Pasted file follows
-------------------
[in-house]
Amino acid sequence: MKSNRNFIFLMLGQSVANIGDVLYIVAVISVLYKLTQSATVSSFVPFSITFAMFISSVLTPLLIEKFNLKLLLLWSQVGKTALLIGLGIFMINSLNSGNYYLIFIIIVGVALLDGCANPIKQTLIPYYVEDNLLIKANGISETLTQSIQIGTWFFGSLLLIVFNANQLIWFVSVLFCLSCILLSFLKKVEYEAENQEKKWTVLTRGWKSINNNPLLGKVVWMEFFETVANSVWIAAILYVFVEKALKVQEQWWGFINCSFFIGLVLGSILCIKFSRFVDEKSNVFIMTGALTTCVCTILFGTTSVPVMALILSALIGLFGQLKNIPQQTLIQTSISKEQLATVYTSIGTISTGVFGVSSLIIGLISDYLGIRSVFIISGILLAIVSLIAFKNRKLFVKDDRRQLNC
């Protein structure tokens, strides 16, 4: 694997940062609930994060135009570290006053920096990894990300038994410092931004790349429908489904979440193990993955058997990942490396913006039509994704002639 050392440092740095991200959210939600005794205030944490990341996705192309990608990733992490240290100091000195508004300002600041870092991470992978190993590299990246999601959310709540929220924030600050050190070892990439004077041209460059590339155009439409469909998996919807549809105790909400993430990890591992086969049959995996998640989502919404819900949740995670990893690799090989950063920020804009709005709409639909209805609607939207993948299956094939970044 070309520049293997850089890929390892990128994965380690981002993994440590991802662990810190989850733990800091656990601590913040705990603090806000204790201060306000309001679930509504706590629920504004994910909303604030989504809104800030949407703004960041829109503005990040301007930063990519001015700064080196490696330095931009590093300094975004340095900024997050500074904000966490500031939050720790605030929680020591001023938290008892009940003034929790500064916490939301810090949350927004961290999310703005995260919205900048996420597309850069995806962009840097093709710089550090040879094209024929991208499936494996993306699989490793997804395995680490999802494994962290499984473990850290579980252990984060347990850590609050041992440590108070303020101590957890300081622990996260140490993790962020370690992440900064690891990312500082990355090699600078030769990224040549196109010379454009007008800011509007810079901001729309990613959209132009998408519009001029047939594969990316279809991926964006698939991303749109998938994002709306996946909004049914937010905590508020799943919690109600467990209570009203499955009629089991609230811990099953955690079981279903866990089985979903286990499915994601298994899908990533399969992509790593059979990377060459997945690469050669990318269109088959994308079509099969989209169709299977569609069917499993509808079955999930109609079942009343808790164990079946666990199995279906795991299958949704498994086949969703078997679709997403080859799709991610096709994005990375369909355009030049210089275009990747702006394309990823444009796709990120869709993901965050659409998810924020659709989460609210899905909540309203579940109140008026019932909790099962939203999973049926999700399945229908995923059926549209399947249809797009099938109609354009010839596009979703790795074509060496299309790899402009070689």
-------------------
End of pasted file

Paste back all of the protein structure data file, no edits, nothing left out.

[in-house]
Amino acid sequence: MKSNRNFIFLMLGQSVANIGDVLYIVAVISVLYKLTQSATVSSFVPFSITFAMFISSVLTPLLIEKFNLKLLLLWSQVGKTALLIGLGIFMINSLNSGNYYLIFIIIVGVALLDGCANPIKQTLIPYYVEDNLLIKANGISETLTQSIQIGTWFFGSLLLIVFNANQLIWFVSVLFCLSCILLSFLKKVEYEAENQEKKWTVLTRGWKSINNNPLLGKVVWMEFFETVANSVWIAAILYVFVEKALKVQEQWWGFINCSFFIGLVLGSILCIKFSRFVDEKSNVFIMTGALTTCVCTILFGTTSVPVMALILSALIGLFGQLKNIPQQTLIQTSISKEQLATVYTSIGTISTGVFGVSSLIIGLISDYLGIRSVFIISGILLAIVSLIAFKNRKLFVKDDRRQLNC
């Protein structure tokens, strides 16, 4: 694997940062609930994060135009570290006053920096990894990300038994410092931004790349429908489904979440193990993955058997990942490396913006039509994704002639 050392440092740095991200959210939600005794205030944490990341996705192309990608990733992490240290100091000195508004300002600041870092991470992978190993590299990246999601959310709540929220924030600050050190070892990439004077041209460059590339155009439409469909998996919807549809105790909400993430990890591992086969049959995996998640989502919404819900949740995670990893690799090989950063920020804009709005709409639909209805609607939207993948299956094939970044 070309520049293997850089890929390892990128994965380690981002993994440590991802662990810190989850733990800091656990601590913040705990603090806000204790201060306000309001679930509504706590629920504004994910909303604030989504809104800030949407703004960041829109503005990040301007930063990519001015700064080196490696330095931009590093300094975004340095900024997050500074904000966490500031939050720790605030929680020591001023938290008892009940003034929790500064916490939301810090949350927004961290999310703005995260919205900048996420597309850069995806962009840097093709710089550090040879094209024929991208499936494996993306699989490793997804395995680490999802494994962290499984473990850290579980252990984060347990850590609050041992440590108070303020101590957890300081622990996260140490993790962020370690992440900064690891990312500082990355090699600078030769990224040549196109010379454009007008800011509007810079901001729309990613959209132009998408519009001029047939594969990316279809991926964006698939991303749109998938994002709306996946909004049914937010905590508020799943919690109600467990209570009203499955009629089991609230811990099953955690079981279903866990089985979903286990499915994601298994899908990533399969992509790593059979990377060459997945690469050669990318269109088959994308079509099969989209169709299977569609069917499993509808079955999930109609079942009343808790164990079946666990199995279906795991299958949704498994086949969703078997679709997403080859799709991610096709994005990375369909355009030049210089275009990747702006394309990823444009796709990120869709993901965050659409998810924020659709989460609210899905909540309203579940109140008026019932909790099962939203999973049926999700399945229908995923059926549209399947249809797009099938109609354009010839596009979703790795074509060496299309790899402009070689």